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April 2020

Legal Round-Up: SCREENING, LEAD, AND EVICTION DECISIONS

MASSLANDLORDS’ GOOD NEIGHBOR AWARD Promotes Community Connection

CORONAVIRUS: What Landlords Need to Know


Contents

4

3

LETTER FROM THE EXECUTIVE DIRECTOR

13

16

4 What Landlords Need CORONAVIRUS:

to Know

13 Legal Round-Up:

SCREENING, LEAD, AND EVICTION DECISIONS

16

MASSLANDLORDS’ GOOD NEIGHBOR AWARD

19

REGIONAL

2

Promotes Community Connection

MASSLANDLORDS IS FUNDED PRIMARILY BY MEMBERSHIP DUES. THANK YOU FOR YOUR SUPPORT.


April 2020

Published by MassLandlords, 14th Floor, One Broadway, Cambridge, MA 02142. The largest non-profit for Massachusetts landlords. We help owners rent their property. We also advocate for better laws. info@masslandlords.net 774-314-1896 THE MASSLANDLORDS BOARD OF DIRECTORS

Michele Kasabula, through 2024 Alec Bewsee, through 2023 Rich Merlino, through 2022 Russell Sabadosa, through 2021 Pietro Curini, through 2020 EXECUTIVE DIRECTOR

Douglas Quattrochi

INFORMATION MANAGER

Jillian Campayno

SR MANAGER OF SERVICE AND MARKETING

Sue McMahon BOOKKEEPING

Vipan Garg, Simran Kaur CONTROLS

Alexander Anastasi-Hill MANAGER OF ADVERTISING DESIGN AND PLACEMENT

Paul Ssemanda

MESSAGE BOARDS, SERVICE DIRECTORY, AND DATA

Fatima Cangas, Nomer Caceres, Emerson Raniaga

WRITER, JOURNALIST, AND EDITOR

Kimberly Harper Rau, Eric Weld EVENT LOGISTICS COORDINATOR

Brent Perry, Peter Cushman

EVENT HOSPITALITY AND SALES

Naomi Elliott, Kaitlin McMahon, Dana Mullaley NEWSLETTER DESIGN

Ailar Arak

VIDEOGRAPHY

Paul Mong

TRANSCRIPTION

Prospero Pulma WEB DEVELOPMENT

Jess Thrower

LEGISLATIVE AFFAIRS COUNSEL

Peter Vickery, Esq. PHOTOGRAPHY

Barry Collins, Paul Shea LOCAL VOLUNTEER TEAMS CAMBRIDGE

Jess Manganello, Peter Shapiro CHARLES RIVER

Garreth Brannigan, Charles O’Neill, Paul Harris, and more SPRINGFIELD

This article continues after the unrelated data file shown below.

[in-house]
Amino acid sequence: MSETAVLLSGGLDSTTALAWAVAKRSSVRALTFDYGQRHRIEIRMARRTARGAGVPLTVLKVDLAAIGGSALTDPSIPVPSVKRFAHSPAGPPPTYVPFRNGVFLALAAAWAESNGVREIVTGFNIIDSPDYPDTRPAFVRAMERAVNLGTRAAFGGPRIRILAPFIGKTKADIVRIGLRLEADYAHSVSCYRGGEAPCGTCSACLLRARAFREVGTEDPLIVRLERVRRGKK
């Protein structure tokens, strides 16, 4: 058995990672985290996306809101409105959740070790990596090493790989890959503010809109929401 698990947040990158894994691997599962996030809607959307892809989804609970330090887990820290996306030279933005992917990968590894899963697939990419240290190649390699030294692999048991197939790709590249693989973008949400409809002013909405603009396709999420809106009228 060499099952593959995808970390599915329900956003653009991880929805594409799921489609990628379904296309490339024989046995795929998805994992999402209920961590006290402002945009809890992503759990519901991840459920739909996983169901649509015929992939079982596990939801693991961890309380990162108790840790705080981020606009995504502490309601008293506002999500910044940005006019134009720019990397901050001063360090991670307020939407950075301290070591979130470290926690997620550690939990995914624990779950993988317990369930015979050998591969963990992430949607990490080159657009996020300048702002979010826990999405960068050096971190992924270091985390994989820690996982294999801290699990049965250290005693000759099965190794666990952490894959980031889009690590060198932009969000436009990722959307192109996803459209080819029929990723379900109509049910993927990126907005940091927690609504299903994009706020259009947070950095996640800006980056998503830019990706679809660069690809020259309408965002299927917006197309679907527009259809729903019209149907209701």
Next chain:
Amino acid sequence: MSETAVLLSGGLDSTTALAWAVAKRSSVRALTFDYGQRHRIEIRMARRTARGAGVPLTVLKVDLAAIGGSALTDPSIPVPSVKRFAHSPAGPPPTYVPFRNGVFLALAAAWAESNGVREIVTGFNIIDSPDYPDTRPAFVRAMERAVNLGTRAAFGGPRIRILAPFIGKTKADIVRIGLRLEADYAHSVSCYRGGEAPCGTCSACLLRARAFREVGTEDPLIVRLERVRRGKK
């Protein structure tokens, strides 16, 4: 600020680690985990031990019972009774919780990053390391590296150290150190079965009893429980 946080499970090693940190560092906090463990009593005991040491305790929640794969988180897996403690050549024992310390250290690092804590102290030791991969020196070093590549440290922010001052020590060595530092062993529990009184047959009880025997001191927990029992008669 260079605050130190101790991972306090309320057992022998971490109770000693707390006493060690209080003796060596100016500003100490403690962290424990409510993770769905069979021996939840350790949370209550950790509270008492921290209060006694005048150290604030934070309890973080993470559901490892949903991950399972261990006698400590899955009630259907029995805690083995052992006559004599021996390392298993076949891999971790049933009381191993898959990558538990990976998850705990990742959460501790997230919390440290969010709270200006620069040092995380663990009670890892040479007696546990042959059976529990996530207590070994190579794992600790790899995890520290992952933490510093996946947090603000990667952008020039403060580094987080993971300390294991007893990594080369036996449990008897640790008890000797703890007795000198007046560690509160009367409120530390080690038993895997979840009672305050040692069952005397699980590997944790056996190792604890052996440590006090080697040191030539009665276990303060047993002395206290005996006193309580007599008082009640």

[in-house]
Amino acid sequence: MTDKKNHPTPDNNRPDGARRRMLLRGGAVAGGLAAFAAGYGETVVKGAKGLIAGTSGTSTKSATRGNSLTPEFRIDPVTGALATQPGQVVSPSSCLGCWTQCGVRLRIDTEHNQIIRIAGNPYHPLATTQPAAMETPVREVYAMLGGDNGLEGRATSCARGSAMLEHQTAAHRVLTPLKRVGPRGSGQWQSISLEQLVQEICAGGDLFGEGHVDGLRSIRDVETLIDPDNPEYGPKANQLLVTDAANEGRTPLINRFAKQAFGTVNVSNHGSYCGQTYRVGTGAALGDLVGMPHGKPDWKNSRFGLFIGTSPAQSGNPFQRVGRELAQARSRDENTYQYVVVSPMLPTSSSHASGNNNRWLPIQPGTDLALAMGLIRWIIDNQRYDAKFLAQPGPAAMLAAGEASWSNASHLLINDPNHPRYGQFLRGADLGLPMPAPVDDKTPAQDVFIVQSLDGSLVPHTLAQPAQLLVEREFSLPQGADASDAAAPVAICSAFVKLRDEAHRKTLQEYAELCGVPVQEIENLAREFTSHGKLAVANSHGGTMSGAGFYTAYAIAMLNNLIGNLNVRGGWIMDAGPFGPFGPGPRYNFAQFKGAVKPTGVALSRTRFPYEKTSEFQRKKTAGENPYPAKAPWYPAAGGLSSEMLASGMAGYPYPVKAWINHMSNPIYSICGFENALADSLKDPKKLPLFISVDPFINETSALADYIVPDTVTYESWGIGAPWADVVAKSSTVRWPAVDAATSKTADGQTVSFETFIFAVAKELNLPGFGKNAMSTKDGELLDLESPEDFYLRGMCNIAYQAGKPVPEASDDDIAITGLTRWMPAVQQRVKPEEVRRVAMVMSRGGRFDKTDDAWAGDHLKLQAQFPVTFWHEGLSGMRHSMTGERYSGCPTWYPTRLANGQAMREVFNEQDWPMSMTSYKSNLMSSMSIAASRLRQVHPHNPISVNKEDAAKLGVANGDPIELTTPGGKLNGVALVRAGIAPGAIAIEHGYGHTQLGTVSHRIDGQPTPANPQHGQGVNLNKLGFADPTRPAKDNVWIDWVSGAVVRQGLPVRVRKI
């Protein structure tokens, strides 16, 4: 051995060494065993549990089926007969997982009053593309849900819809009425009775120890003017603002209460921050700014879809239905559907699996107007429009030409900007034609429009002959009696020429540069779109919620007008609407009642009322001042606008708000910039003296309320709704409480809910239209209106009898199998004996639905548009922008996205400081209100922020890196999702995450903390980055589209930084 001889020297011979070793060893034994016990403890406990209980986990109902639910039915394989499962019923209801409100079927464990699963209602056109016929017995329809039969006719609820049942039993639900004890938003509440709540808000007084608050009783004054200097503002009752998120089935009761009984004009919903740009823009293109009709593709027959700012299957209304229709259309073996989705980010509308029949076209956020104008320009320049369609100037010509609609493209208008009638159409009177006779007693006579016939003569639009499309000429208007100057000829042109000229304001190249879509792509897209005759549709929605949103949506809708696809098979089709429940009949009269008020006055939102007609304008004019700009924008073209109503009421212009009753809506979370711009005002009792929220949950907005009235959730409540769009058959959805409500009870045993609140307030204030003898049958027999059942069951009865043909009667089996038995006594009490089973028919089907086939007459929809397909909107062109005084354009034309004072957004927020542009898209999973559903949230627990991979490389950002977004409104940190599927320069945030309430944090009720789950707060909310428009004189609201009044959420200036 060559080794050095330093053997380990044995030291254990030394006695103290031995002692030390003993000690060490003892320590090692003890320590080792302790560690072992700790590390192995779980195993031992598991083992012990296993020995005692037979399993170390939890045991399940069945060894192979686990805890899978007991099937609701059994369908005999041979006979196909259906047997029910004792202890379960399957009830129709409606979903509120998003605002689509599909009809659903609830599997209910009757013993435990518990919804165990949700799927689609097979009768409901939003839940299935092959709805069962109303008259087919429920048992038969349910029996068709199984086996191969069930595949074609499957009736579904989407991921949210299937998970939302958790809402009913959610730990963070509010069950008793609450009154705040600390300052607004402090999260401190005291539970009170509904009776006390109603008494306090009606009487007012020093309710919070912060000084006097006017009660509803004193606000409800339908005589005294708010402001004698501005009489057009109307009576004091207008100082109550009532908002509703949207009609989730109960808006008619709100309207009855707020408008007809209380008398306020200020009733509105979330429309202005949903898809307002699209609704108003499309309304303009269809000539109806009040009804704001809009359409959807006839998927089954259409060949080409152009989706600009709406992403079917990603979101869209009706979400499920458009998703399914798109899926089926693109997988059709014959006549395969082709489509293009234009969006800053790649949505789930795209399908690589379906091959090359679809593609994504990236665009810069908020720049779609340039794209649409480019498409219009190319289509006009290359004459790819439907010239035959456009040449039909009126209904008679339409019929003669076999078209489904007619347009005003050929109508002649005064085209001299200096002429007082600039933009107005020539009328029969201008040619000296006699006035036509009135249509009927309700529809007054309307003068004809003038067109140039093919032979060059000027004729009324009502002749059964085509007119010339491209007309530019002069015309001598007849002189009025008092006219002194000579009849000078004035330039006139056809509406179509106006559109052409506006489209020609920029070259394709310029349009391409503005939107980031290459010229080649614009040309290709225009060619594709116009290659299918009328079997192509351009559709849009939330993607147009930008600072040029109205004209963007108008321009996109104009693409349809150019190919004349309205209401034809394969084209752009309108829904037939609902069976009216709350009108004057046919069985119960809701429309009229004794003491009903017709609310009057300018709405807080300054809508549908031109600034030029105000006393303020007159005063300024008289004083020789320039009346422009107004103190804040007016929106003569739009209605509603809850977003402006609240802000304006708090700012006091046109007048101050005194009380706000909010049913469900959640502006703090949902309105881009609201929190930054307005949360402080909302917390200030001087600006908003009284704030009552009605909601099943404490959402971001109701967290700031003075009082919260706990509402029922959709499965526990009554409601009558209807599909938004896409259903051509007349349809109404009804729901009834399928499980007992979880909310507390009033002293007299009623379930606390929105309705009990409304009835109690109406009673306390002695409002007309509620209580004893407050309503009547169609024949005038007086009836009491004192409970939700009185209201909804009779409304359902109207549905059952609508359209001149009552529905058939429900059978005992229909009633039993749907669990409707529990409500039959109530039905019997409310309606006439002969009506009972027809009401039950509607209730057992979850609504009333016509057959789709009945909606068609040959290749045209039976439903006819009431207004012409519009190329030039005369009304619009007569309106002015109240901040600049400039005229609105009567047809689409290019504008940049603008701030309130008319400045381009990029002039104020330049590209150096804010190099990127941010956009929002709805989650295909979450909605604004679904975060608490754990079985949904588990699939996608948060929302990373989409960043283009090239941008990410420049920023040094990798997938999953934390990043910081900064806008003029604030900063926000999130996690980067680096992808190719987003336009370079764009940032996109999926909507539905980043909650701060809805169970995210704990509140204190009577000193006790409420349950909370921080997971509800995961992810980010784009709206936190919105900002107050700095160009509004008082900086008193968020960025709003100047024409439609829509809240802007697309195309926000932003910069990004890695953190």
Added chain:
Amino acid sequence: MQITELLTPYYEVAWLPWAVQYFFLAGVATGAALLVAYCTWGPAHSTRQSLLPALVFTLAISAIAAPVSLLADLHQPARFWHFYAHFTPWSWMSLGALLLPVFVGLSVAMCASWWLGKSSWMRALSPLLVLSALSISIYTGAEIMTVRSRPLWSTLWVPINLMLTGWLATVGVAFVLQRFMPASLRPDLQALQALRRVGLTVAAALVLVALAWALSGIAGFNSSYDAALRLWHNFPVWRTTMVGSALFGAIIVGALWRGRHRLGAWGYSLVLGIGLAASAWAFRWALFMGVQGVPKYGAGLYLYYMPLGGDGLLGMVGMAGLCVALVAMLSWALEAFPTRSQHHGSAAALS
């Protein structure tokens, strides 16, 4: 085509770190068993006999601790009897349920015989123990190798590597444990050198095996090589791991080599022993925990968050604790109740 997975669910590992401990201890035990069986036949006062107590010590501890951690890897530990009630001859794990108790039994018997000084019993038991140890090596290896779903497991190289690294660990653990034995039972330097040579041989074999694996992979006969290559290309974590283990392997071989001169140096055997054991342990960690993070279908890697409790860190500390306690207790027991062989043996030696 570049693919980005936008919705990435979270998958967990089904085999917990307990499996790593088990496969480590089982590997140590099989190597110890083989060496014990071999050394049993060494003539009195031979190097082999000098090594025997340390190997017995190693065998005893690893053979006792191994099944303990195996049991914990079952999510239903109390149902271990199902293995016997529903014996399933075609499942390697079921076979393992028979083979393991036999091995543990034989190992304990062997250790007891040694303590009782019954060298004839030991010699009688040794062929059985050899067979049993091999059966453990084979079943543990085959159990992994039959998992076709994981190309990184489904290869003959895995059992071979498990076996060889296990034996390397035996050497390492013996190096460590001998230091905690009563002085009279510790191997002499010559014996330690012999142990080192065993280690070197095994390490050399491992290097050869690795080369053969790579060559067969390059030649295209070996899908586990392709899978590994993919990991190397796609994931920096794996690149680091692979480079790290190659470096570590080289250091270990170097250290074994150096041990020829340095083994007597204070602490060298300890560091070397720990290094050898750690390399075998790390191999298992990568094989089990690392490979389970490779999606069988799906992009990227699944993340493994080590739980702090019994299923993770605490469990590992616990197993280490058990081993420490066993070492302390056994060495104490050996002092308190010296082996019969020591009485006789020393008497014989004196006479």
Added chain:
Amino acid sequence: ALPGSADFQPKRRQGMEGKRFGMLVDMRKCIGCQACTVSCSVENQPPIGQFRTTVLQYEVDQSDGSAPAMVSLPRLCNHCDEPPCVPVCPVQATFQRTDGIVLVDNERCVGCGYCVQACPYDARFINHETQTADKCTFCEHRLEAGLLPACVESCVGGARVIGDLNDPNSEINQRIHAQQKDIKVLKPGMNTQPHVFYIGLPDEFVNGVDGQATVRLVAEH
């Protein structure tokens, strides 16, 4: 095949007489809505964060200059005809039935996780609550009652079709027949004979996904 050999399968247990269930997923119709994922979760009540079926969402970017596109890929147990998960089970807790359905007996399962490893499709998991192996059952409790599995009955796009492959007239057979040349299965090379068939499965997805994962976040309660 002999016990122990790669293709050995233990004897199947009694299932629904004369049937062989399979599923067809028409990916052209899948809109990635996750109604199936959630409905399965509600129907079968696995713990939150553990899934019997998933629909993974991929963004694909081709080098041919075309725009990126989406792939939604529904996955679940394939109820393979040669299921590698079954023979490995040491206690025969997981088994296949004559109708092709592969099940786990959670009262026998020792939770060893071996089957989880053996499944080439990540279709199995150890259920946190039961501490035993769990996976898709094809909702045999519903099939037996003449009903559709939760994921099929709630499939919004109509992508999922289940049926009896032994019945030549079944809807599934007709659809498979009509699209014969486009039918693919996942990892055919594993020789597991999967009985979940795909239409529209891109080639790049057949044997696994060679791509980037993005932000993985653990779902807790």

Letter from the Executive Director IN THE LETTER FOR APRIL 2020, WE LOOK BACK AT THE MONTH WE REALIZED THE WORLD HAD CHANGED. In the US, we only realized in March that the world changed in December, when novel COVID-19 left an animal host and entered the human species. For the first time in living memory, nearly every country and every culture in the world is going to have the same shared experience. This natural disaster may yet prove a unifying memory as we move forward to tackle our shared problems of public health, poverty, and climate change. But first, it falls to us to survive it, and to bring with us as many as possible into the post-virus world. To that end, as housing providers we must enforce social distancing among our renters and staff and we must continue to provide the housing that is so essential for a stay-at-home order. We at MassLandlords are keenly aware that many of us, an increasing number, cannot provide housing without rents, and that mortgages, water bills, insurance, and tax liens are either not totally or not at all excused at this time. We are working on it. Make the best decisions you can for you and yours. Food and medications first. Emergency repairs second. All else we need to sort out. We are enormously proud of the “COVID-19 Coronavirus Landlord-Tenant Laws, Regulations, and Procedures” page we are updating daily. Please bookmark and return to it frequently, and share. We are continuing our normal events virtually and with webinars, with the exception of the many food service, venue, and event staff who took us this far. We are trying to help all remain afloat during this indefinite virtualization. Our daily site traffic has increased from 600 unique people per day to almost 4,000 unique people per day. Every dues paying member should be enormously proud of the resource we have created for one another at MassLandlords. We have been able to share the urgency of our housing shortfalls with the Boston Globe, Banker and Tradesman, WCVB Channel 5, 89.7 WGBH, 90.9 WBUR, and many others. Our primary goal at time of writing is a declaration of surety. Housing is essential. The Commonwealth can backstop unpaid rents. After all the work-from-home income and essential income, after subsidies, and after unemployment are all exhausted, one final comprehensive guarantee is needed to be sure that no one need leave their shelter or shut down housing during the pandemic. Please support us with dues, event participation, and property rights investments to the extent you are able. We will keep advocating for you and your housing as long as we are able.